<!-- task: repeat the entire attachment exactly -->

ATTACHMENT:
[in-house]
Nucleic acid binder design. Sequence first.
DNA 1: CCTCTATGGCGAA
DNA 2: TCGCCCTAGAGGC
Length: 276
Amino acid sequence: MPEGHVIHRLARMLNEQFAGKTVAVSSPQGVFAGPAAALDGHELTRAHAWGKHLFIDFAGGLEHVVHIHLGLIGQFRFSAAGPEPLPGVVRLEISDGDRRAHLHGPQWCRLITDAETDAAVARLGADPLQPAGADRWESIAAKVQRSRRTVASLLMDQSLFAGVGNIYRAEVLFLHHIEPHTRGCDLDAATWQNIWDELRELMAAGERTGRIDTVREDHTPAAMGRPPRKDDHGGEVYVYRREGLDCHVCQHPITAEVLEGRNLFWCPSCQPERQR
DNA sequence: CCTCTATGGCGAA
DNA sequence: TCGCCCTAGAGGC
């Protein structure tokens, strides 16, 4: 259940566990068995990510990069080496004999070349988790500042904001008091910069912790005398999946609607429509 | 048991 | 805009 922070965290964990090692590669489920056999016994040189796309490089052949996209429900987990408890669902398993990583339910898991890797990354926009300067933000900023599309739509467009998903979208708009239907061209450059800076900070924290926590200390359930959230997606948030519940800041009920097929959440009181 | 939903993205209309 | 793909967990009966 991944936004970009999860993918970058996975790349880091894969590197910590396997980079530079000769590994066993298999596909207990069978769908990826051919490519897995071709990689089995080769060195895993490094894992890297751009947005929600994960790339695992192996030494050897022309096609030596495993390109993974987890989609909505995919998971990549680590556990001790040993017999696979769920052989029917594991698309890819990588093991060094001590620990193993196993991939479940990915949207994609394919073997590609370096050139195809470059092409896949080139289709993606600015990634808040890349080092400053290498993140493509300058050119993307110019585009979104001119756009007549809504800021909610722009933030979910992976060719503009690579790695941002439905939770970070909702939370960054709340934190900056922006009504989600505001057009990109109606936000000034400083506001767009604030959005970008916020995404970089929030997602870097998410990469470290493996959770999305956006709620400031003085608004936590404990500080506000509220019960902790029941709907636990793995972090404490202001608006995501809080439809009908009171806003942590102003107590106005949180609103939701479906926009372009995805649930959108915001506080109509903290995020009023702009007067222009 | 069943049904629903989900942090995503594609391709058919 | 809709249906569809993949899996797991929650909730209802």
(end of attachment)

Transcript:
[in-house]
Nucleic acid binder design. Sequence first.
DNA 1: CCTCTATGGCGAA
DNA 2: TCGCCCTAGAGGC
Length: 276
Amino acid sequence: MPEGHVIHRLARMLNEQFAGKTVAVSSPQGVFAGPAAALDGHELTRAHAWGKHLFIDFAGGLEHVVHIHLGLIGQFRFSAAGPEPLPGVVRLEISDGDRRAHLHGPQWCRLITDAETDAAVARLGADPLQPAGADRWESIAAKVQRSRRTVASLLMDQSLFAGVGNIYRAEVLFLHHIEPHTRGCDLDAATWQNIWDELRELMAAGERTGRIDTVREDHTPAAMGRPPRKDDHGGEVYVYRREGLDCHVCQHPITAEVLEGRNLFWCPSCQPERQR
DNA sequence: CCTCTATGGCGAA
DNA sequence: TCGCCCTAGAGGC
């Protein structure tokens, strides 16, 4: 259940566990068995990510990069080496004999070349988790500042904001008091910069912790005398999946609607429509 | 048991 | 805009 922070965290964990090692590669489920056999016994040189796309490089052949996209429900987990408890669902398993990583339910898991890797990354926009300067933000900023599309739509467009998903979208708009239907061209450059800076900070924290926590200390359930959230997606948030519940800041009920097929959440009181 | 939903993205209309 | 793909967990009966 991944936004970009999860993918970058996975790349880091894969590197910590396997980079530079000769590994066993298999596909207990069978769908990826051919490519897995071709990689089995080769060195895993490094894992890297751009947005929600994960790339695992192996030494050897022309096609030596495993390109993974987890989609909505995919998971990549680590556990001790040993017999696979769920052989029917594991698309890819990588093991060094001590620990193993196993991939479940990915949207994609394919073997590609370096050139195809470059092409896949080139289709993606600015990634808040890349080092400053290498993140493509300058050119993307110019585009979104001119756009007549809504800021909610722009933030979910992976060719503009690579790695941002439905939770970070909702939370960054709340934190900056922006009504989600505001057009990109109606936000000034400083506001767009604030959005970008916020995404970089929030997602870097998410990469470290493996959770999305956006709620400031003085608004936590404990500080506000509220019960902790029941709907636990793995972090404490202001608006995501809080439809009908009171806003942590102003107590106005949180609103939701479906926009372009995805649930959108915001506080109509903290995020009023702009007067222009 | 069943049904629903989900942090995503594609391709058919 | 809709249906569809993949899996797991929650909730209802």